London/Singapore - Copper was little changed on Friday as investors weighed the potential impact on metals demand of Thursday's data providing a more upbeat US jobs picture but also showing slower industrial activity in top metals consumer China.
Benchmark copper on the London Metal Exchange traded at $7,288.50 a tonne by 11:58 SA time, up 0.16 percent from its close on Thursday, when it reached a one-week low of $7,215.
China's factory activity shrank for the first time in seven months in May raising fears that its economic recovery has stalled.
Partially balancing concerns about China, which accounts for about 40 percent of global copper consumption, data from the United States showed a bigger-than-expected drop in claims for unemployment benefits.
“It seems positive data from the US has helped, with prices edging up slightly, but the data on China yesterday was bearish,” Sucden Financial analyst Kashaan Kamal said.
“We've seen a gradual price decline since late January as concerns of slower growth have put pressure on prices, but this recent data highlighted the bearish outlook for both domestic and export demand.”
China's economy grew by a less-than-forecast 7.7 percent in the first three months of the year.
Its imports of refined copper declined more than a third in January-April, dragging down LME copper prices by 12 percent from this year's peak.
Despite the weakness in its manufacturing sector, China is unlikely to launch any stimulus, with the economy still on track to grow by 7.5-8 percent this year, in line with government targets, Commonwealth Bank of Australia said in a note.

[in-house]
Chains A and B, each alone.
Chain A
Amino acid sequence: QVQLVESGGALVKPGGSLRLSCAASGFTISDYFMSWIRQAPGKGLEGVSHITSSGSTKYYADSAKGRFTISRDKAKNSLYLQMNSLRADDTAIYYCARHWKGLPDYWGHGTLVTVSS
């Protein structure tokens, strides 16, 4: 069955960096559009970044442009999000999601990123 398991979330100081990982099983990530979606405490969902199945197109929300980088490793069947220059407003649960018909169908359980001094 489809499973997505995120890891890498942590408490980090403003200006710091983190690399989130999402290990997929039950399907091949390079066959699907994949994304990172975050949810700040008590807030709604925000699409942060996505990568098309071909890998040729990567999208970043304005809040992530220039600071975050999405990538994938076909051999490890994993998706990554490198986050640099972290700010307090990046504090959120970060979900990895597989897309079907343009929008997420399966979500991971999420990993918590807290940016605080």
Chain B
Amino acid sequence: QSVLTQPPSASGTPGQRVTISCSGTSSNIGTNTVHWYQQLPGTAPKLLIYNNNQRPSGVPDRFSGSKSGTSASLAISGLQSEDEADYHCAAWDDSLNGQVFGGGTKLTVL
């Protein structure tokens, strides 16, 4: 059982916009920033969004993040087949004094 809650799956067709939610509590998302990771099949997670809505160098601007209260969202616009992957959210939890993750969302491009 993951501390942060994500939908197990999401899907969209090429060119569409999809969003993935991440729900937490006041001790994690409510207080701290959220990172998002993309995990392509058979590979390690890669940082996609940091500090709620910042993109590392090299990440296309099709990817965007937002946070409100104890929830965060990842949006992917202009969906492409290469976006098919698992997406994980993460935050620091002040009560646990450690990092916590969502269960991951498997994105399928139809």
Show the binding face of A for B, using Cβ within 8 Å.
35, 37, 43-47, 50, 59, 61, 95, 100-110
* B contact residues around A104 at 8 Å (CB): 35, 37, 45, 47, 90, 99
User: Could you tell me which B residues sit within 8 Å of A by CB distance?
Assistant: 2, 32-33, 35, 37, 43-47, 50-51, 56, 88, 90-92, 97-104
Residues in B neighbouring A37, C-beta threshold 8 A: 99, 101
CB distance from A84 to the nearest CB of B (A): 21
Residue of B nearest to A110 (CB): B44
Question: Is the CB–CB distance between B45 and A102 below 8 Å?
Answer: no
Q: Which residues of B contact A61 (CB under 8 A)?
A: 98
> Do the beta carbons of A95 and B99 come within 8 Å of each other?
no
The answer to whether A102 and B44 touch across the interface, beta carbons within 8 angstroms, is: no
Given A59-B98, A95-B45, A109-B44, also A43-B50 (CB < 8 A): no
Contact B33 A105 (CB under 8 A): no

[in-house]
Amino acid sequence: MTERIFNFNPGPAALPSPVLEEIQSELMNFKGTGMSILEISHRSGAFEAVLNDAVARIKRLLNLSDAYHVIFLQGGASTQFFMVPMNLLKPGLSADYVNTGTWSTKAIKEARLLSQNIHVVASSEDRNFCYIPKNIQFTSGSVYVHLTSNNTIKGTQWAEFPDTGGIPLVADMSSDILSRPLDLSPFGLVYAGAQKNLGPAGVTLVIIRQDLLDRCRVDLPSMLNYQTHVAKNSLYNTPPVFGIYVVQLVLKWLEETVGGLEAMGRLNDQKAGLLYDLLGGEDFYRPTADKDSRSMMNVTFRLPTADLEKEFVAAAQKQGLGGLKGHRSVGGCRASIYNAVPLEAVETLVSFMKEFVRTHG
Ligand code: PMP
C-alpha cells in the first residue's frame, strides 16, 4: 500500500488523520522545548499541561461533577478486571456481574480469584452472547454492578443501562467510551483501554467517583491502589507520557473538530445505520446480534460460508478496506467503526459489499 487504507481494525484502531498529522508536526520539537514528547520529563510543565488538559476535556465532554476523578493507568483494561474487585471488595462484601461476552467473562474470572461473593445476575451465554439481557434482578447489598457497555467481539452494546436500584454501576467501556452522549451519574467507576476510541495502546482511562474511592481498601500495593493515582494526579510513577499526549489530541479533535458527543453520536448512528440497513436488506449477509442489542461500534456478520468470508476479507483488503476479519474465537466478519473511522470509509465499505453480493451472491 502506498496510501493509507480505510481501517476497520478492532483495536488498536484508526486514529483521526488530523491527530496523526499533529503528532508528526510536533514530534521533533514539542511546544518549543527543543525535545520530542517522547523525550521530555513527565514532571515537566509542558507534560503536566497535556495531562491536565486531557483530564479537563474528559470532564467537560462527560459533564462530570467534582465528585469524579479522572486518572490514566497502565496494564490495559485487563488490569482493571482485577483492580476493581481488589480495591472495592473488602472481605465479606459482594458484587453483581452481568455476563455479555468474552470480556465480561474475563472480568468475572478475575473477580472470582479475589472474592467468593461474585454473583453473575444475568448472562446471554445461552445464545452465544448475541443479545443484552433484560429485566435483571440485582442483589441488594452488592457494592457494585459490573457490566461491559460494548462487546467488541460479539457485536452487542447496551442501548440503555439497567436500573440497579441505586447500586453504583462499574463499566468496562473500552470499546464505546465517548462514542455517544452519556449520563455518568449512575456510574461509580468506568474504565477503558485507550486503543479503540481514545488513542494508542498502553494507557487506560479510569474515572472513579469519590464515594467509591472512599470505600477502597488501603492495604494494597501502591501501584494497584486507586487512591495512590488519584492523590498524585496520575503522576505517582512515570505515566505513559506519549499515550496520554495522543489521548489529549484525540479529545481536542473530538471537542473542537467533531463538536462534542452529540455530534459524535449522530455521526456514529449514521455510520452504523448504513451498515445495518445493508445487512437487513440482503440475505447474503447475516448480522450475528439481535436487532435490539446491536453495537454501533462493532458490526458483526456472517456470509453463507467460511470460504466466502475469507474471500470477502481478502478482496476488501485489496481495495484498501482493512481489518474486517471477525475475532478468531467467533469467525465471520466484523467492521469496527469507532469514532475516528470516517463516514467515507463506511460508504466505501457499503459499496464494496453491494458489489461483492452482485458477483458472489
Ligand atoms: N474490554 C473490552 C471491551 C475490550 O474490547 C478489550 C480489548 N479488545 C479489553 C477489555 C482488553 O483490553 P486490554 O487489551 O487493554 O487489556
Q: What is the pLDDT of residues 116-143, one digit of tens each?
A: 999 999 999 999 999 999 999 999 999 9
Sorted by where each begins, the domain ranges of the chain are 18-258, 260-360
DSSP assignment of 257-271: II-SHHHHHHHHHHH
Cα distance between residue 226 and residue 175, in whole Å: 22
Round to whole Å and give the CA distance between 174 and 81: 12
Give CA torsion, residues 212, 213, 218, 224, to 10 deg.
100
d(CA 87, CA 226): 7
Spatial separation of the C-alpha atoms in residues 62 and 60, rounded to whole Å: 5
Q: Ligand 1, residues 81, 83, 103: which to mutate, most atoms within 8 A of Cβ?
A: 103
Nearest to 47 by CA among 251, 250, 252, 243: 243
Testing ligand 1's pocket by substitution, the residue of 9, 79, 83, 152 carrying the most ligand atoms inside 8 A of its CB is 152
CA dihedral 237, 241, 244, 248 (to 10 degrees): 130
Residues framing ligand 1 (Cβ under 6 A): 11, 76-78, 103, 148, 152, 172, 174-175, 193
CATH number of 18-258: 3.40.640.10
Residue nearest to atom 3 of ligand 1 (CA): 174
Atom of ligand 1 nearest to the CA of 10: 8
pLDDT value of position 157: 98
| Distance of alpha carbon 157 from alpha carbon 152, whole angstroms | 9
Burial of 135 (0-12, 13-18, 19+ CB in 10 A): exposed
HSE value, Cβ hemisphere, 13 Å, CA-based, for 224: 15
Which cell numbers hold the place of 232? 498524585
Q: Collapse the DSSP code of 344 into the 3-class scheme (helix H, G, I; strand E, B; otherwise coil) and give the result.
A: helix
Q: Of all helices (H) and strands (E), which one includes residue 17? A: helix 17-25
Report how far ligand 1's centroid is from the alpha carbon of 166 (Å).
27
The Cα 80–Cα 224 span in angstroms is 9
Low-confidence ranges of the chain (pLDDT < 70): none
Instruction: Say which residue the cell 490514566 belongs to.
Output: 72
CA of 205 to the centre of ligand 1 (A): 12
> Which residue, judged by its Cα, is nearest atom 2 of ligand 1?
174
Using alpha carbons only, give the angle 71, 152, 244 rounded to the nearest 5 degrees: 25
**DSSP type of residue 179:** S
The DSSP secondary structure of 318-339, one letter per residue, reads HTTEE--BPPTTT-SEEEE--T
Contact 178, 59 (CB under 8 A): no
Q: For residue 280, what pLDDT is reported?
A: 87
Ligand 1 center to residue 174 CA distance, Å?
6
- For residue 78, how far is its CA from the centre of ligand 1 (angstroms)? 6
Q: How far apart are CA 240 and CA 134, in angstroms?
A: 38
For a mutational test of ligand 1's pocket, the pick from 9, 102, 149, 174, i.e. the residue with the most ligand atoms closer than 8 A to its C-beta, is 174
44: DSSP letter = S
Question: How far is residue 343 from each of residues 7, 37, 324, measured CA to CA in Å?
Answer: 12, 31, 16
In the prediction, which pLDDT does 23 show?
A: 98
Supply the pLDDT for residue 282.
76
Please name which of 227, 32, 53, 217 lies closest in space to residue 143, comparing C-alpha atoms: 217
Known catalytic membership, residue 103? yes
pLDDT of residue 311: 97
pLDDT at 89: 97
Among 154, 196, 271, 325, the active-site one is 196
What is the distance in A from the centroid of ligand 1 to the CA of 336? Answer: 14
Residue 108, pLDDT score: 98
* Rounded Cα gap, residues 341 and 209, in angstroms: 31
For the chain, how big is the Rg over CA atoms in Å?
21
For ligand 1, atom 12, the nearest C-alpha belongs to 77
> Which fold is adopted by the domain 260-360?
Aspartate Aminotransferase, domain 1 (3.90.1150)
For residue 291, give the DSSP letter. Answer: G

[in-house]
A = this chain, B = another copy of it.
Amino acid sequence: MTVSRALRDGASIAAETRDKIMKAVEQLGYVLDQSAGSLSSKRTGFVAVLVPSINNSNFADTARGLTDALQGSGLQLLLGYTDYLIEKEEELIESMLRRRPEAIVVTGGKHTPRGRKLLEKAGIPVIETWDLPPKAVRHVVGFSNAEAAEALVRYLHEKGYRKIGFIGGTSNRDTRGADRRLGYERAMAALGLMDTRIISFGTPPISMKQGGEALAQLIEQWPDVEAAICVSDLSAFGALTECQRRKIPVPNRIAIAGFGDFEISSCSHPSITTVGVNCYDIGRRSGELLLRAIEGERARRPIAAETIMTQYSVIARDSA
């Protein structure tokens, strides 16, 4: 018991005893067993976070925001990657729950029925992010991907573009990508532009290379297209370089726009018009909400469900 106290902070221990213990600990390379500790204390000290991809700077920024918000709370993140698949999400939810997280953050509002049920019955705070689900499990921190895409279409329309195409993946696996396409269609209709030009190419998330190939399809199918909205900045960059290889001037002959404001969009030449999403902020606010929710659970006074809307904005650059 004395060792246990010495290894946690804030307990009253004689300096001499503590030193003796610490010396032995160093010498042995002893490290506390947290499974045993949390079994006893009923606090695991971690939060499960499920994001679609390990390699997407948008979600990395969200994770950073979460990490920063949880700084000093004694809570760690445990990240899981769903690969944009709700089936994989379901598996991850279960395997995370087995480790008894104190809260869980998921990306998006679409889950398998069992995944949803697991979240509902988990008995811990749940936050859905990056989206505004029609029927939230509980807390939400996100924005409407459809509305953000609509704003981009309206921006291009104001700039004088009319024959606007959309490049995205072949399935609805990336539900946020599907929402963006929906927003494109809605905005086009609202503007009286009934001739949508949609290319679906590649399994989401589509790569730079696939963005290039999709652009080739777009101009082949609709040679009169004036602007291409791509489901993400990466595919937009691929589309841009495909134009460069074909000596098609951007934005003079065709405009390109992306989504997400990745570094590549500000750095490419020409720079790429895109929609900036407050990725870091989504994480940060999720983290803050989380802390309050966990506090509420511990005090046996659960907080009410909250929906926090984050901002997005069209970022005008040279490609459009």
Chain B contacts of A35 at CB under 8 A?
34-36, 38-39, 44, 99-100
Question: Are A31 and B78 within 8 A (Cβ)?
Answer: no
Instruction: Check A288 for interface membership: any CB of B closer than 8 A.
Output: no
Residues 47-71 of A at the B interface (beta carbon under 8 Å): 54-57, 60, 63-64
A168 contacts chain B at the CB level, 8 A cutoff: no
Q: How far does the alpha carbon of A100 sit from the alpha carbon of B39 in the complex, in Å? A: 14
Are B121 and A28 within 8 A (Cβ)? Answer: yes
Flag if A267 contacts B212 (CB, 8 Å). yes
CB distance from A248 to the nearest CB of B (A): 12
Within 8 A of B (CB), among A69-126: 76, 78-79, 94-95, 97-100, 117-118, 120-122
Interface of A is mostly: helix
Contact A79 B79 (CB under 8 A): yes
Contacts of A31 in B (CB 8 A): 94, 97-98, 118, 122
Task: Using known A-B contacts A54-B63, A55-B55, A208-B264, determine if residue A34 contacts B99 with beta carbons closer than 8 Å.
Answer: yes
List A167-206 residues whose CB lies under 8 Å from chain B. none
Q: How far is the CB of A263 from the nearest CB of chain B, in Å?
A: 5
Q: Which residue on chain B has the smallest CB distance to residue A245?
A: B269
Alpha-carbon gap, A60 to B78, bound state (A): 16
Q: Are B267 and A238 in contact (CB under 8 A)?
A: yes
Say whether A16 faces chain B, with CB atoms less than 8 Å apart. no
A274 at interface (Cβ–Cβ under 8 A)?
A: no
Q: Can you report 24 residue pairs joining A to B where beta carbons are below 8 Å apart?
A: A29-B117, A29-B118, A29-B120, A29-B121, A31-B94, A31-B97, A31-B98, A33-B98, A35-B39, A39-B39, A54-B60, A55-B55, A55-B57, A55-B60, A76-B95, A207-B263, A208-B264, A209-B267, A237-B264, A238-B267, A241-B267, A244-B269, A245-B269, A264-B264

“Incremental easing - for instance a more accommodative stance toward the property sector - is about all we expect might change,” the bank said.
Fundamentals, in the meantime, were providing some support to copper prices.
Signalling demand for the metal may be improving, copper inventories in warehouses monitored by the Shanghai Futures Exchange fell 7.2 percent from last Friday to their lowest in more than seven months, data showed on Friday.
Stocks in LME-registered warehouses also fell, daily data showed on Friday, posting a 2,700 tonnes decline to 621,175 tonnes, their lowest in two weeks.
A production outage since a May 15 tunnel collapse killed 28 workers at Grasberg in Indonesia, the world's second-largest copper mine, should also support prices.
A trade union official said on Thursday all investigations into the incident at the Freeport McMoRan mine must be completed before
Jinchuan Group Ltd, China's third-largest copper producer, has shut a 200,000 tonne-a-year facility due to a raw scrap shortage, which could reduce its refined output by more than 16 percent this year, an executive said on Friday. - Reuters